The simple way to reduce the chances of your child sexting by 50%

​”Do not allow technology into children’s bedrooms …especially at night”
www.talkingthetalksexed.com.au

I always say that if children have unsupervised WWW – World Wide Web – in their bedrooms then we (parents) are allowing the world into their private lives.

Remembering that children’s brains and decision making skills are not fully developed, they should not have to be the main gate keepers for their privacy and protection.  We, as parents, are responsible for that.  After all, it us who provided the phone, which essentially is the open gate to the WWW in the first place, help them keep the gate shut to intruders and open only to the benefits of the internet.

What Parents Can do:

  1. Talk about Sexting
  2. Prepare them for Pornography
  3. Protect – Put safety blocks and settings on technology – keep out of bedrooms
  4. Have many conversations about human sexuality, consent, respect with a  focus on joy and responsibility not fear and danger
“…So what’s to be done? Lee is adamant that by a single action, parents can eliminate the risk of sexting by 50 percent. “Just remove phones from bedrooms,” he advises. “If they don’t have technology then they can’t sext. It’s also always more likely to occur in a private space…” Family Zone article here Family Zone cyber expert Brett Lee, director of Internet Safe Education.

Why Teens Sext:

  • being in a romantic relationship where images are shared willingly between partners
  • seeking attention—to increase popularity within a friendship group or among peers
  • flirting and exploring their sexuality
  • believing it’s a normal thing and that everyone else is doing it
  • believing that it’s a form of ‘safe sex’ when they are not ready to have sex
  • circulating images after a relationship breakdown with the intent to embarrass an ex-partner
  • feeling pressured to send images unwillingly
  • being in an extreme situation where they may be under duress or blackmailed by someone threatening to distribute sexual images of them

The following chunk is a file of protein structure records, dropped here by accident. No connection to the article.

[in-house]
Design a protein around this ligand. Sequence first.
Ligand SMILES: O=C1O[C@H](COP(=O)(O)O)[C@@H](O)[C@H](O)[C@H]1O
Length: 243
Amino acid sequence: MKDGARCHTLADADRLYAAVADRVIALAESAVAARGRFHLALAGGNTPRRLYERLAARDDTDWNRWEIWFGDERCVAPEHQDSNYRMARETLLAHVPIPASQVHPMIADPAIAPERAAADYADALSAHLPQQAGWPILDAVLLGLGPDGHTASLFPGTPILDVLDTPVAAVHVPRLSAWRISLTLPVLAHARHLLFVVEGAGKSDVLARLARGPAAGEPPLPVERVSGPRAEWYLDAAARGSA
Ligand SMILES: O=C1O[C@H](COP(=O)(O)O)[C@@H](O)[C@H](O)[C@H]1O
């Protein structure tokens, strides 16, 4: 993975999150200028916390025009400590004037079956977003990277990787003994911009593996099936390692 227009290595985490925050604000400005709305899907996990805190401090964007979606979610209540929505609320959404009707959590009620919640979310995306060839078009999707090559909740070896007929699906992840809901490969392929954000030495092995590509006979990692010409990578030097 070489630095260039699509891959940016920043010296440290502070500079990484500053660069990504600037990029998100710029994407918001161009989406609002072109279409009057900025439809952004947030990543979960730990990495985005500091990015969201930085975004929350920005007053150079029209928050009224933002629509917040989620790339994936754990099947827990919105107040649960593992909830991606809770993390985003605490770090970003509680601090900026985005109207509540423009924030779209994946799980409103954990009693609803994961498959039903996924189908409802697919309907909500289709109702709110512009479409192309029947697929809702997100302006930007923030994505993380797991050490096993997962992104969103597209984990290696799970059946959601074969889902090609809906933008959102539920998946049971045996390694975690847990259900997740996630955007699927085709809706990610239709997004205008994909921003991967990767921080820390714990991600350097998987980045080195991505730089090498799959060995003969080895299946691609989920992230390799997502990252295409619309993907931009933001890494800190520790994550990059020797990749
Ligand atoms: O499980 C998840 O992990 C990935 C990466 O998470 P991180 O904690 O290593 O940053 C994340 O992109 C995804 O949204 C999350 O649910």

www.aic.gov.au/pulications/tandi508

The problem with sexting:

  • It is a crime to take, send or store sexual pictures of someone who is or appears to be under 18
  • It is a crime to threaten to send a sexual picture of someone
  • Charges fall under child pornography and could result in a person being registered as a sex offender
  • There are exceptions for young people if they are under 18 and the person in the picture is no more than 2 years younger
  • Any picture which shows a crime is illegal
  • Having pictures shared or pressure to share makes kids feel bad.
  • Once a picture is shared it’s hard to take off

           www.legalaid.vic.gov.au/find-legal-answers/sex-and-law/sexting-and-child-pornography

Australian Study:

  • 2,243  respondents 13-18
  • Almost 50% reported sending a sexual picture or video
  • 75% received a sexual image
  • 13-15 year olds ‘particularly’ likely to receive
  • Most sexting occurred in committed relationships

            www.aic.gov.au/pulications/tandi508

Our Membership Program

Videos: Talking The Talk TV

Short and simple videos for easy learning about human sexuality so that you know what to say and when
Join the Membership →

Ebooks: Positive Ways to Talk about Sex and Sexuality to Kids Aged 0-17

Essential guides broken down into age groups so that parents give age appropriate information to kids
Join the Membership →

Courses: Learn how to have conversations about sex and sexuality

Based on what is presented at face to face parent presentations the content of these courses guide you step by step so that you don't miss any of the key topics your kids need to hear from you.
Join the Membership →